It's been a long road with depression and PTSD to arrive at a place where my coping has improved even in the midst of long lasting episodes. I entered therapy and started on Zoloft medication to help treat the depression and PTSD. The combination of therapy and antidepressant medication is stronger and more effective than one by itself and it made the difference for me, it saved my life and saved me from myself. I occasionally re-enter therapy and restart antidepressant medication when the need arises. I am stubborn though and try to fight my way through the depression without depending on either method for as long as I can. Sometimes I am able to make it on my own and other times I finally accept that I need help. I have no shame with therapy or antidepressant medication, I just don't like needing and depending on either although they can be very necessary for healing. I went through a depression period last year while deciding not to have children and for months I didn't know if I'd make it out of the tunnel. But I did with the support of my husband. This year I hit another episode of depression that after several attempts on my own, I've realized that I needed additional help and restarted the Zoloft and entered counseling for a period of time. Through daily support and hard work, I'm noticing improvements in my depression symptoms.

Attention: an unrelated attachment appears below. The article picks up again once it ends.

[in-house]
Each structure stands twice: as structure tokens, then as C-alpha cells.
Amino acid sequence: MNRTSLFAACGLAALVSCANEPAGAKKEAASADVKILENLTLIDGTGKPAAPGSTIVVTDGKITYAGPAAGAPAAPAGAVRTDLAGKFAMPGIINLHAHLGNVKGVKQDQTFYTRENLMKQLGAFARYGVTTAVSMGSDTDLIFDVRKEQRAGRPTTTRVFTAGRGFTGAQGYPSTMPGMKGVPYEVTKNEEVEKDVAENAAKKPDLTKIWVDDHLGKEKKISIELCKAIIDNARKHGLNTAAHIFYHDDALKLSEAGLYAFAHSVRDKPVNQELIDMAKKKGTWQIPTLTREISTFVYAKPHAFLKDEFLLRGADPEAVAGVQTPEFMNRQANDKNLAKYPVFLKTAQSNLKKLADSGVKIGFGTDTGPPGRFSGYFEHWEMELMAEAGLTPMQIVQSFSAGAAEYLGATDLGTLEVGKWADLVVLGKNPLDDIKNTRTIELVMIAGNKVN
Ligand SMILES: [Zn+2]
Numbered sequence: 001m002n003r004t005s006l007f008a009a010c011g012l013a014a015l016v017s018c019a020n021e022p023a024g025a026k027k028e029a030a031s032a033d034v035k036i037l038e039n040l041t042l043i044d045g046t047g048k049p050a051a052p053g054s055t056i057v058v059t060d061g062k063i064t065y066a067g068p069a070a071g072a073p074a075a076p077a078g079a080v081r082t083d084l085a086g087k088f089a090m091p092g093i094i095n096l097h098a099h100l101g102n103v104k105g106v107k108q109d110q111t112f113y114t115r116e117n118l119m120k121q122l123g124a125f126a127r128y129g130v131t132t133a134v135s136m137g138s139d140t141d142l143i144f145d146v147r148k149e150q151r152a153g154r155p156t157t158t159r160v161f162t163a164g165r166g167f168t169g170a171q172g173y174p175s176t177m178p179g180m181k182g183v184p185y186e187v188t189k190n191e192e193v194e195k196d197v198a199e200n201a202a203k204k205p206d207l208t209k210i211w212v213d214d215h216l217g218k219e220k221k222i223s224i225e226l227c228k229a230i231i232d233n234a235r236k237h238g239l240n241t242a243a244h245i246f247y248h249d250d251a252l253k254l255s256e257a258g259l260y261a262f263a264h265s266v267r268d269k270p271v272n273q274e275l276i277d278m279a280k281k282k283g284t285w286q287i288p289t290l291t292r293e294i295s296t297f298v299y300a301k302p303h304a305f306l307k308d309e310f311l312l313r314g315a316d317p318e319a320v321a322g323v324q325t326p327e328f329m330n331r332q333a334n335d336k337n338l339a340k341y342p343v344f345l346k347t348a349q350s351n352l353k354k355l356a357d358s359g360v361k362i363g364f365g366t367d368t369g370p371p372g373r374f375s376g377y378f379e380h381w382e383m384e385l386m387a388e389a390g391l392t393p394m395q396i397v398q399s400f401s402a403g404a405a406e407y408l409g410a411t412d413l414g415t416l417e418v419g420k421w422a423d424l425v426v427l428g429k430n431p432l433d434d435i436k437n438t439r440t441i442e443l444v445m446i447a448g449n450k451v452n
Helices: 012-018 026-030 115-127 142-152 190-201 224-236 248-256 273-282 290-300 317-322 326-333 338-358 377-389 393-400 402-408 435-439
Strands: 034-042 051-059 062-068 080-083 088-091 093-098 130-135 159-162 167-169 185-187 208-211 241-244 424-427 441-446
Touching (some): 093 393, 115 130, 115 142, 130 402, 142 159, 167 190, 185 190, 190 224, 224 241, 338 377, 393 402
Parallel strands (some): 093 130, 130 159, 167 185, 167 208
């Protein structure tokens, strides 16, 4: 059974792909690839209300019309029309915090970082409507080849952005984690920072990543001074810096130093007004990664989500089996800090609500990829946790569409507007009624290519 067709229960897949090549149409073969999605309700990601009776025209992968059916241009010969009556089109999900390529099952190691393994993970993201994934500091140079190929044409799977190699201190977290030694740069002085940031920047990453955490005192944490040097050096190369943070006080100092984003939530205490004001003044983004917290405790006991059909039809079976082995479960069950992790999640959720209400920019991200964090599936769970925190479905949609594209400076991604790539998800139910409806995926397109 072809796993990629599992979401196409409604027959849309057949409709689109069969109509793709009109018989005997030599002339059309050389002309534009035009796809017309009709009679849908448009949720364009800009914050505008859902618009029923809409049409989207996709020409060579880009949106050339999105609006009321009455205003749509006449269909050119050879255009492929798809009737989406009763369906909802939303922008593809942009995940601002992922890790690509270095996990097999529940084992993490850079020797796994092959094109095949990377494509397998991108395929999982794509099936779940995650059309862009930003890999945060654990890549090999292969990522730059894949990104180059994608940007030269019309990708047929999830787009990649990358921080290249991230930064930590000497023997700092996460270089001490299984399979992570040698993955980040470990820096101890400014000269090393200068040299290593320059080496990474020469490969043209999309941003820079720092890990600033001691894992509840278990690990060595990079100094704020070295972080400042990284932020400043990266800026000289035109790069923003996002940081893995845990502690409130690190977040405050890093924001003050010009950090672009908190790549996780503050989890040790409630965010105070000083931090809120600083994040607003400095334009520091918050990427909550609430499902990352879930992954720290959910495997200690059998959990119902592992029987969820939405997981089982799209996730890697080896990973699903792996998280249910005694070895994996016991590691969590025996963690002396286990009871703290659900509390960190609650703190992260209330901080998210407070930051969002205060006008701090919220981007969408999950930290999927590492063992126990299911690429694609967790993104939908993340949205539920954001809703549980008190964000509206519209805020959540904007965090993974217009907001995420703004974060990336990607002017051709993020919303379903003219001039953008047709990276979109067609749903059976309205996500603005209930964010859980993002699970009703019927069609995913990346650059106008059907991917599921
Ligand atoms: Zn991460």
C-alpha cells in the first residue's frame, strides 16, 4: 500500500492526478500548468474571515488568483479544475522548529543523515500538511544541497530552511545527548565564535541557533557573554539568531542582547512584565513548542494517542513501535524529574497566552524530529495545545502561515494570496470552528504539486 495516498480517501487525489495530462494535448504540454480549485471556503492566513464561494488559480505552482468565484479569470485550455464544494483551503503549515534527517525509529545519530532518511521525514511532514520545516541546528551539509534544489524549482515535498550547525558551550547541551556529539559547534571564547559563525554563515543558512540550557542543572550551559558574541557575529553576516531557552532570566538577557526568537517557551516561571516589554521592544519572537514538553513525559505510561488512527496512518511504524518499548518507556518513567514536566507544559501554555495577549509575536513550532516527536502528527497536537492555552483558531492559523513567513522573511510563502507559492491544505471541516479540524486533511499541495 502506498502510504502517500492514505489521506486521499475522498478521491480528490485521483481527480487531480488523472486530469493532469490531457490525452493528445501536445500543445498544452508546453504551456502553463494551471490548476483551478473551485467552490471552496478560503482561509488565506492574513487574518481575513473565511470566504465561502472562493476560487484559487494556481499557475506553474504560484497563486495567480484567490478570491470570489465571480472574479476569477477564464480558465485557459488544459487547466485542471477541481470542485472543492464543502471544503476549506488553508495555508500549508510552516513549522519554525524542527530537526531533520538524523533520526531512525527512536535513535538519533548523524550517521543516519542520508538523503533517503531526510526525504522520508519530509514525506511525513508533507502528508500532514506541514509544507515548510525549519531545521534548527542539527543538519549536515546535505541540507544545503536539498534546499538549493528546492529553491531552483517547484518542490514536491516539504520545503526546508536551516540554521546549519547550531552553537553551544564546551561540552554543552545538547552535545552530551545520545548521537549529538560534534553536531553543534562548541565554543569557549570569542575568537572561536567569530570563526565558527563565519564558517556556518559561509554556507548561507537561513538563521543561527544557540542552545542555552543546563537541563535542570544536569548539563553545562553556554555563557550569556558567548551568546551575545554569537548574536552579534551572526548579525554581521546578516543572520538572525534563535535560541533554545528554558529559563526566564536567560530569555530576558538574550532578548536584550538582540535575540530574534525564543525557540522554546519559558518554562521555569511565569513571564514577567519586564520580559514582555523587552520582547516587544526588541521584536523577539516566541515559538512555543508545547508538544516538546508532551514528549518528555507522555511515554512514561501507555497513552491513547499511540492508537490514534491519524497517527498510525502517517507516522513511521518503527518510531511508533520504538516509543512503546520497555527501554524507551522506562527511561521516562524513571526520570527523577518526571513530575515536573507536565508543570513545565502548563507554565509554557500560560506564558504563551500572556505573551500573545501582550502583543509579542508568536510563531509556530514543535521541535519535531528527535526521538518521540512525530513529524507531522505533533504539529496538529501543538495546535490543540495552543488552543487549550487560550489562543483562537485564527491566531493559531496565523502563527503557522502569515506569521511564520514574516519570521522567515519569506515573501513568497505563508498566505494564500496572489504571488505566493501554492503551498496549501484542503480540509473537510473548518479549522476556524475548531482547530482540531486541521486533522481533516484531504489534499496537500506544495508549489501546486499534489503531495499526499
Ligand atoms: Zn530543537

While I experience the effects of depression on my own life, I've also witnessed the devastating effects of depression on others. Most closely to my heart is the loss of one of my best friends due to suicide. He struggled with his own battle with depression and health issues. The battle became too heavy for him. If you are contemplating suicide or you're concerned someone else is contemplating suicide, please seek help. Depression is far too often isolating and this isolation furthers the cycle of depression. Depression recovery doesn't have to be accomplished alone. Reach out to others and let others in and introduce techniques from the recovery guide linked above and under resources.

2 comments:

  1. Its like you read my mind! You seem to know so much about this, like you wrote the book in it or something.
    Depression symptoms

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    Replies
    1. I've battled depression for over 20 years and I've studied it, between experience and academics I probably know too much! Lol
      I'm glad it resonated with you though and hope you're doing well